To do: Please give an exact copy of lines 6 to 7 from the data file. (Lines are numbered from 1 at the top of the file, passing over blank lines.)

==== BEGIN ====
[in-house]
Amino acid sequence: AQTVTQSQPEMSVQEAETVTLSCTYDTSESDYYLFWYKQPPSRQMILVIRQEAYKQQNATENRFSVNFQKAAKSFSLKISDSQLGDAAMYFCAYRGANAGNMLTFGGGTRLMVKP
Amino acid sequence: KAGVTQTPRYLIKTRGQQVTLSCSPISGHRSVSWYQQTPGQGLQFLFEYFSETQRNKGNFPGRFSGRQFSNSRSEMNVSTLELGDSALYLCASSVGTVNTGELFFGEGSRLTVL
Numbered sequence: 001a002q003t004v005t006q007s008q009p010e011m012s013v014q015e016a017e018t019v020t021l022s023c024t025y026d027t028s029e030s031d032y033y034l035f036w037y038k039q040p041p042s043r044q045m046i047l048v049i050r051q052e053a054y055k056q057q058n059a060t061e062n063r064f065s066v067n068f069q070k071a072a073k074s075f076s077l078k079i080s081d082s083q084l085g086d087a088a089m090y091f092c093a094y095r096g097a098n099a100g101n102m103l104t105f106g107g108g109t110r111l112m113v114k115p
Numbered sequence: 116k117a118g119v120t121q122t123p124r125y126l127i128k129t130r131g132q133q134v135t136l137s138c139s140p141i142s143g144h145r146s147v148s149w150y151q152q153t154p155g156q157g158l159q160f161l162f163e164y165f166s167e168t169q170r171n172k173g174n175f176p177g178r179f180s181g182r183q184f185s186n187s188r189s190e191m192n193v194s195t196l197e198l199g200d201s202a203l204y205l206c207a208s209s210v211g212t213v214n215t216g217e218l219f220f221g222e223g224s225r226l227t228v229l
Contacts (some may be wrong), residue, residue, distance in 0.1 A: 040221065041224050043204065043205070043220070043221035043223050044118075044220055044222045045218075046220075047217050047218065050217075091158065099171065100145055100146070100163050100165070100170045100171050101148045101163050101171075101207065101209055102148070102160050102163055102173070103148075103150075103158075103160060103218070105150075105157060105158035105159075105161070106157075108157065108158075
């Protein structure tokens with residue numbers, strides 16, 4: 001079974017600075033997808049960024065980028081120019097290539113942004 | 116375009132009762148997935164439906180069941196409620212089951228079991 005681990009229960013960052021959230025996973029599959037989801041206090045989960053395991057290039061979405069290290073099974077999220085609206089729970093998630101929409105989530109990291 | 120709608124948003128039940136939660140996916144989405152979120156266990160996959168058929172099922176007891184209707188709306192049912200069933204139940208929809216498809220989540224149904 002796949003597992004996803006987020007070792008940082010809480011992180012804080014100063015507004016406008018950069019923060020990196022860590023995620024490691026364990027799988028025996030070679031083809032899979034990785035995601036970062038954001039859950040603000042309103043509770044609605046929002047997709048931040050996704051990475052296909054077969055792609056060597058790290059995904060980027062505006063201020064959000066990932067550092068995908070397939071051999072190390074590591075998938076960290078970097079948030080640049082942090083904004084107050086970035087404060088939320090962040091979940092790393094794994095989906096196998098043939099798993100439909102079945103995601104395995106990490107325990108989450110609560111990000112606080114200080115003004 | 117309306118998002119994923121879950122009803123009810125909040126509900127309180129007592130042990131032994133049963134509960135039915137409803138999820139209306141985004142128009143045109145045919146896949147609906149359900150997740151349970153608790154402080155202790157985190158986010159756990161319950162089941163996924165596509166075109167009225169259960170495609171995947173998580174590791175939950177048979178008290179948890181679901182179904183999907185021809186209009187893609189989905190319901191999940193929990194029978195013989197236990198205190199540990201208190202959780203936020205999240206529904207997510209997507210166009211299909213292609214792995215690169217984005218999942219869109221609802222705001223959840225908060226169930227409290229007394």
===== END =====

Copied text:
Contacts (some may be wrong), residue, residue, distance in 0.1 A: 040221065041224050043204065043205070043220070043221035043223050044118075044220055044222045045218075046220075047217050047218065050217075091158065099171065100145055100146070100163050100165070100170045100171050101148045101163050101171075101207065101209055102148070102160050102163055102173070103148075103150075103158075103160060103218070105150075105157060105158035105159075105161070106157075108157065108158075
């Protein structure tokens with residue numbers, strides 16, 4: 001079974017600075033997808049960024065980028081120019097290539113942004 | 116375009132009762148997935164439906180069941196409620212089951228079991 005681990009229960013960052021959230025996973029599959037989801041206090045989960053395991057290039061979405069290290073099974077999220085609206089729970093998630101929409105989530109990291 | 120709608124948003128039940136939660140996916144989405152979120156266990160996959168058929172099922176007891184209707188709306192049912200069933204139940208929809216498809220989540224149904 002796949003597992004996803006987020007070792008940082010809480011992180012804080014100063015507004016406008018950069019923060020990196022860590023995620024490691026364990027799988028025996030070679031083809032899979034990785035995601036970062038954001039859950040603000042309103043509770044609605046929002047997709048931040050996704051990475052296909054077969055792609056060597058790290059995904060980027062505006063201020064959000066990932067550092068995908070397939071051999072190390074590591075998938076960290078970097079948030080640049082942090083904004084107050086970035087404060088939320090962040091979940092790393094794994095989906096196998098043939099798993100439909102079945103995601104395995106990490107325990108989450110609560111990000112606080114200080115003004 | 117309306118998002119994923121879950122009803123009810125909040126509900127309180129007592130042990131032994133049963134509960135039915137409803138999820139209306141985004142128009143045109145045919146896949147609906149359900150997740151349970153608790154402080155202790157985190158986010159756990161319950162089941163996924165596509166075109167009225169259960170495609171995947173998580174590791175939950177048979178008290179948890181679901182179904183999907185021809186209009187893609189989905190319901191999940193929990194029978195013989197236990198205190199540990201208190202959780203936020205999240206529904207997510209997507210166009211299909213292609214792995215690169217984005218999942219869109221609802222705001223959840225908060226169930227409290229007394």